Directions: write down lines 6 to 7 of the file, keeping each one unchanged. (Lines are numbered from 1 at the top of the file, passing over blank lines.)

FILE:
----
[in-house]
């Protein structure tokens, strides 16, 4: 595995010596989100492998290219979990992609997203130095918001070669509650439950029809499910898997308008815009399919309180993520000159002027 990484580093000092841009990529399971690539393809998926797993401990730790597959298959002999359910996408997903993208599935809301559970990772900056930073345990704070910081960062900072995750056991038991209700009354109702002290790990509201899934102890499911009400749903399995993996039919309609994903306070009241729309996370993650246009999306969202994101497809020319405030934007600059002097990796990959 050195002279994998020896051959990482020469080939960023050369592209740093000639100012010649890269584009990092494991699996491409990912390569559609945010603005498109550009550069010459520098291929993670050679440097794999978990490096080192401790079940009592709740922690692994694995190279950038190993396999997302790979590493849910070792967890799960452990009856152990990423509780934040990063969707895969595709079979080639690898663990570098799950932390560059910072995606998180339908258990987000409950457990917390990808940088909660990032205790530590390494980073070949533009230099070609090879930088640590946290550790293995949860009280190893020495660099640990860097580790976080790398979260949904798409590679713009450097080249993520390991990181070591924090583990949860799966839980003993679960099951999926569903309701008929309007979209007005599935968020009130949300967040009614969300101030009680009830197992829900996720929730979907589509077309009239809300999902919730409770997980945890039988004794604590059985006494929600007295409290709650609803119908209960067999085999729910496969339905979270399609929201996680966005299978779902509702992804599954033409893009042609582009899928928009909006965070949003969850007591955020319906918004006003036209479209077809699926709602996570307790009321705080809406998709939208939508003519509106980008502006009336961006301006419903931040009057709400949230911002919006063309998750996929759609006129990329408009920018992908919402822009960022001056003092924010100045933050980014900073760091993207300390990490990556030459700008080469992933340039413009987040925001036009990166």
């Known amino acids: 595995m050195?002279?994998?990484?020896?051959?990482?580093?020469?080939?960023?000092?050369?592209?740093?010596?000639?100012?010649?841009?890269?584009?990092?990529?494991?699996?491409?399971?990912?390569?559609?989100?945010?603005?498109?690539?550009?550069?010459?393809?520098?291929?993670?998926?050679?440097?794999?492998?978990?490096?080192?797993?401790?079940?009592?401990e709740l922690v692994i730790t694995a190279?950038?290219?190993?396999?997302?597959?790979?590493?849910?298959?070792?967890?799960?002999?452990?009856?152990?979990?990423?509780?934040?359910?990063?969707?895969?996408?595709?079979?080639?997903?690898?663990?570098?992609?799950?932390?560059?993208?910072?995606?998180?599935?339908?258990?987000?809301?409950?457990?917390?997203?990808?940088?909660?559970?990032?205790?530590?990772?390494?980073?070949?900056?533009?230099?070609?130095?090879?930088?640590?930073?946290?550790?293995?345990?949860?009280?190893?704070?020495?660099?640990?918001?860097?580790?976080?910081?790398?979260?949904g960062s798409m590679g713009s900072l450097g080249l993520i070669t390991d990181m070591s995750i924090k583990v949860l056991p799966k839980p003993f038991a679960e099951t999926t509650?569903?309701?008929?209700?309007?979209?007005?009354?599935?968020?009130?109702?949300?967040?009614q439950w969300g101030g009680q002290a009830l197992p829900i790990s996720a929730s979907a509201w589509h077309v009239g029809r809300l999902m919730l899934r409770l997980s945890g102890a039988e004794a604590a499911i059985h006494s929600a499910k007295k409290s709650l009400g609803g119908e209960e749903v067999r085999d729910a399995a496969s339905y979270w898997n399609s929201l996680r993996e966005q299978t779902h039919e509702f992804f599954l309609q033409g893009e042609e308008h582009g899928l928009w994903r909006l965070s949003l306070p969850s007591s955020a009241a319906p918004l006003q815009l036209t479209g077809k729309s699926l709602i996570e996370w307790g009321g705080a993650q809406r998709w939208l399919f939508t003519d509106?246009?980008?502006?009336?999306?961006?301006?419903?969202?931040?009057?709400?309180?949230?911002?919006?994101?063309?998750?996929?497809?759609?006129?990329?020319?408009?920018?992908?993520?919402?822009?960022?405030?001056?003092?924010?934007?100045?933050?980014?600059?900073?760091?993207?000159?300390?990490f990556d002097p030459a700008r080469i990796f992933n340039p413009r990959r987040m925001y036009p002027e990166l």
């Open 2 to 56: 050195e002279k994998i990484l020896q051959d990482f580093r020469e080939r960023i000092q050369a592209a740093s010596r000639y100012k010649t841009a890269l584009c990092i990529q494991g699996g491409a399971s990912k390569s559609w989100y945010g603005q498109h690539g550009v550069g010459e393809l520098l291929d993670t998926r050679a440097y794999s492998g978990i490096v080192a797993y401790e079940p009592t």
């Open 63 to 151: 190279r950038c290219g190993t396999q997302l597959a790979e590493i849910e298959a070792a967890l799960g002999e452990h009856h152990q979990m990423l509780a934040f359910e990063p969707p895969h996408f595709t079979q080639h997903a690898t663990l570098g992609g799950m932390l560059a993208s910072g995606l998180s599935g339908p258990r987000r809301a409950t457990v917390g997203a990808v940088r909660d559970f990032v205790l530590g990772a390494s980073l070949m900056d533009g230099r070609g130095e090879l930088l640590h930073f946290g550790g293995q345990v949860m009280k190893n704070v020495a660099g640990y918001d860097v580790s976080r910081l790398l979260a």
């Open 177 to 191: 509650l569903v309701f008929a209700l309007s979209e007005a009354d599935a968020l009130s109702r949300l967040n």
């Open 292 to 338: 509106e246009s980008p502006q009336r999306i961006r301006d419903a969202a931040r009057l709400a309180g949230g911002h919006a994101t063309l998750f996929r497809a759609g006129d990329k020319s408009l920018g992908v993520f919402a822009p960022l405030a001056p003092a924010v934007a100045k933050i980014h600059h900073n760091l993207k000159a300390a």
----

């Open 177 to 191: 509650l569903v309701f008929a209700l309007s979209e007005a009354d599935a968020l009130s109702r949300l967040n």
């Open 292 to 338: 509106e246009s980008p502006q009336r999306i961006r301006d419903a969202a931040r009057l709400a309180g949230g911002h919006a994101t063309l998750f996929r497809a759609g006129d990329k020319s408009l920018g992908v993520f919402a822009p960022l405030a001056p003092a924010v934007a100045k933050i980014h600059h900073n760091l993207k000159a300390a």